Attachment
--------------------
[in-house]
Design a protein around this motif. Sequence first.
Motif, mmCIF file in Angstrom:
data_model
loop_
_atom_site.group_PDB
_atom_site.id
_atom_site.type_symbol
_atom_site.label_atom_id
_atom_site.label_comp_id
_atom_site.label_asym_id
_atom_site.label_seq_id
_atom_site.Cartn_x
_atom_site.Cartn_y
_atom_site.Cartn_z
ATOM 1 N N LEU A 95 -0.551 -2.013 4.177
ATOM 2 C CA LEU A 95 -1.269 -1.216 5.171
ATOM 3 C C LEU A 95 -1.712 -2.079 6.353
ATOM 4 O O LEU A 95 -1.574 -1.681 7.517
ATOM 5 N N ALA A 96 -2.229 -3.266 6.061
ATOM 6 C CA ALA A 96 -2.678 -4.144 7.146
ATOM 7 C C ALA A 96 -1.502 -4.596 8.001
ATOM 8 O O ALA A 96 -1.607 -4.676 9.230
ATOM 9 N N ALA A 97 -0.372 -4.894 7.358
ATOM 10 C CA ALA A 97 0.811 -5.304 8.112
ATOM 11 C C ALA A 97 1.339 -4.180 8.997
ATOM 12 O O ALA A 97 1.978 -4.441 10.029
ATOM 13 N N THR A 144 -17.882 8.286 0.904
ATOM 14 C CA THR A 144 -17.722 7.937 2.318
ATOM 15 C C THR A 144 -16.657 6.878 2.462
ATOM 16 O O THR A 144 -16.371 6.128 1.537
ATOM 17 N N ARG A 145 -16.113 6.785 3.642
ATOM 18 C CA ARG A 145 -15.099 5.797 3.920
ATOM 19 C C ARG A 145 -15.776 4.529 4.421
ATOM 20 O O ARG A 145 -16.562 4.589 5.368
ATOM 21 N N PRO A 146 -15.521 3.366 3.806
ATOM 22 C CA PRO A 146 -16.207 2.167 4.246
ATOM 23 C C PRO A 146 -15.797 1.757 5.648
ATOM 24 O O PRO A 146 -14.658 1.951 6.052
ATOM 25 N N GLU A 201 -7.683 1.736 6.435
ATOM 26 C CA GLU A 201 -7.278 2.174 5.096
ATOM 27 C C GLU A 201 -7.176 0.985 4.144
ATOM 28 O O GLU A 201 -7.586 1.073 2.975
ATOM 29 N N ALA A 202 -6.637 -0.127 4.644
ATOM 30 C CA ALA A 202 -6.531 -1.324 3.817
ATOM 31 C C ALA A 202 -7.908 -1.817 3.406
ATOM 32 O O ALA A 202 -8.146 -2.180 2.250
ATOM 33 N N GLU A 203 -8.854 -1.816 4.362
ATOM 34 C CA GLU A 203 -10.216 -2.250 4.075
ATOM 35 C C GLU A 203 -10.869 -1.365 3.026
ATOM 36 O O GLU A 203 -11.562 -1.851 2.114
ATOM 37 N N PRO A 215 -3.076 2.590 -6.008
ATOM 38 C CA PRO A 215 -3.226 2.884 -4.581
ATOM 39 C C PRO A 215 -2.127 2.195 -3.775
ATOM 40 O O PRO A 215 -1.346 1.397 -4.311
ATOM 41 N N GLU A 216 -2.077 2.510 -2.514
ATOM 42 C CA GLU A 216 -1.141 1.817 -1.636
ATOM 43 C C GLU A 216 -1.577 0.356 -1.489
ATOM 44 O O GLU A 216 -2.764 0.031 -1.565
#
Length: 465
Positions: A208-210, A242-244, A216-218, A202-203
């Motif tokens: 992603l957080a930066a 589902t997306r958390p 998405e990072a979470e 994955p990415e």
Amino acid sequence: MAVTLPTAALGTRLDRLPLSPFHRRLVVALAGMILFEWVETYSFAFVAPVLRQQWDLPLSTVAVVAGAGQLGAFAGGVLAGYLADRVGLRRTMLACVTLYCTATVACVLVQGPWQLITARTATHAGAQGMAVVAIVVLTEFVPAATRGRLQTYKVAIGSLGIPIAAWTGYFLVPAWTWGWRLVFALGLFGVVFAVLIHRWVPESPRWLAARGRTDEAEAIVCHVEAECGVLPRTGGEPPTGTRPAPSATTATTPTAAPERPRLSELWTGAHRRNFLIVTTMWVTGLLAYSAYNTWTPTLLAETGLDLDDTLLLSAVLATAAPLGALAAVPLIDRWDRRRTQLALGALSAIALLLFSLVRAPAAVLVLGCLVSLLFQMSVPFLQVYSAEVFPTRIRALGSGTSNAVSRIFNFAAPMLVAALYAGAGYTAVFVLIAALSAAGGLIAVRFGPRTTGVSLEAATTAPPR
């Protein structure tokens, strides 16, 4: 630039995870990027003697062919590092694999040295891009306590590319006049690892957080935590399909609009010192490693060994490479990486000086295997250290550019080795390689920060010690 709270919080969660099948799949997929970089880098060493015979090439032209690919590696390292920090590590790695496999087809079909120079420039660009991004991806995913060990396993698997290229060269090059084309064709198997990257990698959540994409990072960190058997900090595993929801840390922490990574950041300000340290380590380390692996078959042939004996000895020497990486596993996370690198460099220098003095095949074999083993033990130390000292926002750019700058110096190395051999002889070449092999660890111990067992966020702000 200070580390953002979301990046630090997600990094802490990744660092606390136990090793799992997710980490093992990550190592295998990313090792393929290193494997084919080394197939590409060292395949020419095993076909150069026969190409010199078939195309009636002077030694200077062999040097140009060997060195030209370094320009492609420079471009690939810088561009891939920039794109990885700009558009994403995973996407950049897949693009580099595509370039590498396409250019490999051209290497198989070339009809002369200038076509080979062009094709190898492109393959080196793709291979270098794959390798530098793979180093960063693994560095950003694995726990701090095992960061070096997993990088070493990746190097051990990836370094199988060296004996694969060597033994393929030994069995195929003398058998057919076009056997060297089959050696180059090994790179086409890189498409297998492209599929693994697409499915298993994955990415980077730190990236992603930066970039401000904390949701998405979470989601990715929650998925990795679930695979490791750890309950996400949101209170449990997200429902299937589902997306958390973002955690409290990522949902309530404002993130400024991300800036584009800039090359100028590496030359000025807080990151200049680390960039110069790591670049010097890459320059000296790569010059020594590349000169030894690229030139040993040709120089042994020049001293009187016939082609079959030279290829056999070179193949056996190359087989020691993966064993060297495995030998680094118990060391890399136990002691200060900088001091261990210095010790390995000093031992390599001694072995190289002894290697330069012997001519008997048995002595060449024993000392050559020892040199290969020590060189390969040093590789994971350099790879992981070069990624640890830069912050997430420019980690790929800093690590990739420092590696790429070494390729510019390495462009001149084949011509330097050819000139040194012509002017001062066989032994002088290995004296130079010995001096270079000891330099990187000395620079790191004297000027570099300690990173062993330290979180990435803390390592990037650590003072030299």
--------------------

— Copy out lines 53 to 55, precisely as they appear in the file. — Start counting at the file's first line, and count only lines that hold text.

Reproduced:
ATOM 38 C CA PRO A 215 -3.226 2.884 -4.581
ATOM 39 C C PRO A 215 -2.127 2.195 -3.775
ATOM 40 O O PRO A 215 -1.346 1.397 -4.311